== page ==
Russian Patriarch Speaks About Proselytism
June 25, 1997
VIENNA, Austria (Reuter) - The Patriarch of the Russian Orthodox Church, faced with deepening rifts within his own church, spoke out strongly Friday against efforts by rivals to woo followers away. ``Proselytism is a big problem for us today,'' Patriarch Alexiy II told a news conference during a five-day visit to Austria. ``There can be no place for proselytism in the relations between the churches,'' he added.
The Russian Orthodox Church earlier this month called off a proposed meeting between Alexiy and Pope John Paul II, which would have been the first of its kind since the Great Schism split Christendom in 1054. Alexiy said the churches had not had sufficient time to agree on a common document, which he said must reject proselytism, or conversion of followers from one religious movement to another. He noted that such a historic meeting would have to be well prepared in advance. ``I don't think we can name a date for such a meeting. We are continuing our dialogue,'' he said.
The Polish-born pope, spiritual leader of the world's 960 million Roman Catholics, has expressed a wish to travel to Russia, where eastern Christianity was introduced less than a century before the Schism. But the Russian Church, sensitive to the influx of rival religions in recent years, has so far opposed such a visit. Tensions persist between the two denominations following the 1991 break-up of the Soviet Union, which sparked a race to fill the spiritual vacuum created by communism. ``After 70 years of state-run atheism, which alienated people from their faith, our most important task is to revive men's souls and our missionary work, not in other countries but amongst our own people,'' Patriarch Alexiy said.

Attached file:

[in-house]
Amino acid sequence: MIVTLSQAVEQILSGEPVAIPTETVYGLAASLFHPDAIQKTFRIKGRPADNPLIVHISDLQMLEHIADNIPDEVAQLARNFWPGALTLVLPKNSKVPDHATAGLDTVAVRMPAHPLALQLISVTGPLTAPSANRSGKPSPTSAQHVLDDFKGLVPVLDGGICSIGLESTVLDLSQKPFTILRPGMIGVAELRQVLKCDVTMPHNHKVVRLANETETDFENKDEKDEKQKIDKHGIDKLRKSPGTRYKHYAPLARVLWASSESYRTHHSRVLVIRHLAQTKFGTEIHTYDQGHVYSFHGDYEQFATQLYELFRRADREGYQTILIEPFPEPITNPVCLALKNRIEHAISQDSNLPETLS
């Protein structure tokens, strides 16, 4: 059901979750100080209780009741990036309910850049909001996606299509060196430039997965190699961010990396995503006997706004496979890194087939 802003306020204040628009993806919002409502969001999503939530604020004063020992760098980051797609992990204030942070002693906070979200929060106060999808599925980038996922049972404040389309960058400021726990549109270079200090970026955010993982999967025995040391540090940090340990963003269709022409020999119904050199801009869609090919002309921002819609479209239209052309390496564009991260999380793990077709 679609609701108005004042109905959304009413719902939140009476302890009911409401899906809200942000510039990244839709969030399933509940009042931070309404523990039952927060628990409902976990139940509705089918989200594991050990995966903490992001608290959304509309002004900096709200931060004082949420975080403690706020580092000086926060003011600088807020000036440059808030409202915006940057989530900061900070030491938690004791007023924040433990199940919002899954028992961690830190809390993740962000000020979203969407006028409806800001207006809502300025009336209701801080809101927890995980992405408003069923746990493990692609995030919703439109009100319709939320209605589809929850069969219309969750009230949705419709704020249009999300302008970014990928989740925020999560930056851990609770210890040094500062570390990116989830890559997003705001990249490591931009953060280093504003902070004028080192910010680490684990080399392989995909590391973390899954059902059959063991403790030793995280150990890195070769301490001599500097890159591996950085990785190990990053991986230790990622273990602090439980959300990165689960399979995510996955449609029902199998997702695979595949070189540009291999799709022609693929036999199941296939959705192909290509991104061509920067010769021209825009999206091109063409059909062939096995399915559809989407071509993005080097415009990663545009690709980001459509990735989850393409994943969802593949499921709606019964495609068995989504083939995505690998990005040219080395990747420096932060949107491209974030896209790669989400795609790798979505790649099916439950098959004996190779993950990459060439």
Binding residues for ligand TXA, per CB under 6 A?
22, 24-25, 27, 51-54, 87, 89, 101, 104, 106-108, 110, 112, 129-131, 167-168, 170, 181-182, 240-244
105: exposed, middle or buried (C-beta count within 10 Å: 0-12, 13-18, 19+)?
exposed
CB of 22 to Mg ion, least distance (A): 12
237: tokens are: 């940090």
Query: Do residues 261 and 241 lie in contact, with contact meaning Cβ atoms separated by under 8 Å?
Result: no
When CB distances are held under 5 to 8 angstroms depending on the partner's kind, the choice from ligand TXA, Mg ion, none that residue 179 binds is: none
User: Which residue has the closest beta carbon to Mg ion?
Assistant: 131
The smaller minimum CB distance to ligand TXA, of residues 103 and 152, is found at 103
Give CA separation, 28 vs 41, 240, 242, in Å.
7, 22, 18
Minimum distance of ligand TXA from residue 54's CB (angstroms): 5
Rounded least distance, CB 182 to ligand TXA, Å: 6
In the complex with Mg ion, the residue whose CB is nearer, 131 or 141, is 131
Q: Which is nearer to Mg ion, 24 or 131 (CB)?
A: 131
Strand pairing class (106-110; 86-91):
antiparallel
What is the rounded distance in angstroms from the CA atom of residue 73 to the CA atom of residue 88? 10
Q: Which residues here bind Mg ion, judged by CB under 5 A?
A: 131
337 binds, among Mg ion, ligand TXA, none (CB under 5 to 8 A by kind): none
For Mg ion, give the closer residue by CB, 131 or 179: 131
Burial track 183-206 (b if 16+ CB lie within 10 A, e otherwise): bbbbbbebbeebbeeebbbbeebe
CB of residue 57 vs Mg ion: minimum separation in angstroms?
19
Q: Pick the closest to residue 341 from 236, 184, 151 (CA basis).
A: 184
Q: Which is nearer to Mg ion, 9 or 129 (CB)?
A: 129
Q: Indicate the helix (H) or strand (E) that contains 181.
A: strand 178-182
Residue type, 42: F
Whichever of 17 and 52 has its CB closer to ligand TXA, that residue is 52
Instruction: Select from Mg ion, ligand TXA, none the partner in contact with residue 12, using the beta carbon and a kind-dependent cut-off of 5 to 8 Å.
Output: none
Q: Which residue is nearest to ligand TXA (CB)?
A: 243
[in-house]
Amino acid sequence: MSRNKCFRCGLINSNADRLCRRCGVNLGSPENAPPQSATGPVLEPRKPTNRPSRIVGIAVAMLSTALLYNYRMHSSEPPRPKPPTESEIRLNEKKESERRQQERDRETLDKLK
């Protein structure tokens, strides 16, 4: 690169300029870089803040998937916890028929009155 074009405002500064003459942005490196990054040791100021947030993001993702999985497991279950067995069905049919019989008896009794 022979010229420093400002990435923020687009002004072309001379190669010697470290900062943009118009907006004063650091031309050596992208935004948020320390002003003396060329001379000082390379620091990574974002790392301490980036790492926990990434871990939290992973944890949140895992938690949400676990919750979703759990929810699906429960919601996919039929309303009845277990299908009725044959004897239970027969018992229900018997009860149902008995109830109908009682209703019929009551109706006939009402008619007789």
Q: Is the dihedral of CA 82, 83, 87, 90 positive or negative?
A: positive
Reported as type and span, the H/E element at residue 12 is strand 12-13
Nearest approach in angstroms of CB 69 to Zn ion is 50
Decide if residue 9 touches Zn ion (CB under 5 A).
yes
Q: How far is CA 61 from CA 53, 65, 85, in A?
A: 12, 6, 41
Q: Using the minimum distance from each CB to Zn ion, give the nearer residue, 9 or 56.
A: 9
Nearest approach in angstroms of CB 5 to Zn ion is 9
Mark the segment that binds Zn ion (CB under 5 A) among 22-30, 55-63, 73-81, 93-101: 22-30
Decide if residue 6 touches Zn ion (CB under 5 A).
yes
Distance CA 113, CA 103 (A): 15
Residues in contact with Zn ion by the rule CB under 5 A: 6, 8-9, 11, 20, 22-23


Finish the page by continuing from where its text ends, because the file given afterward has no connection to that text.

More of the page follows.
The breakaway Orthodox church in Ukraine was a source of grief to many, he said. In Ukraine, where different branches of the Orthodox church are competing with each other as well as with a strong Greek Catholic church, relations are particularly fraught.
The patriarch earlier met Austrian President Thomas Klestil and called for Austria and Russia to coordinate efforts to create peace and stability instead of new divisions. ``We must eliminate the last remnants of the Cold War from memory and build up a common European house,'' he said.
Alexiy is visiting Austria to attend the Second European Ecumenical Conference beginning Monday.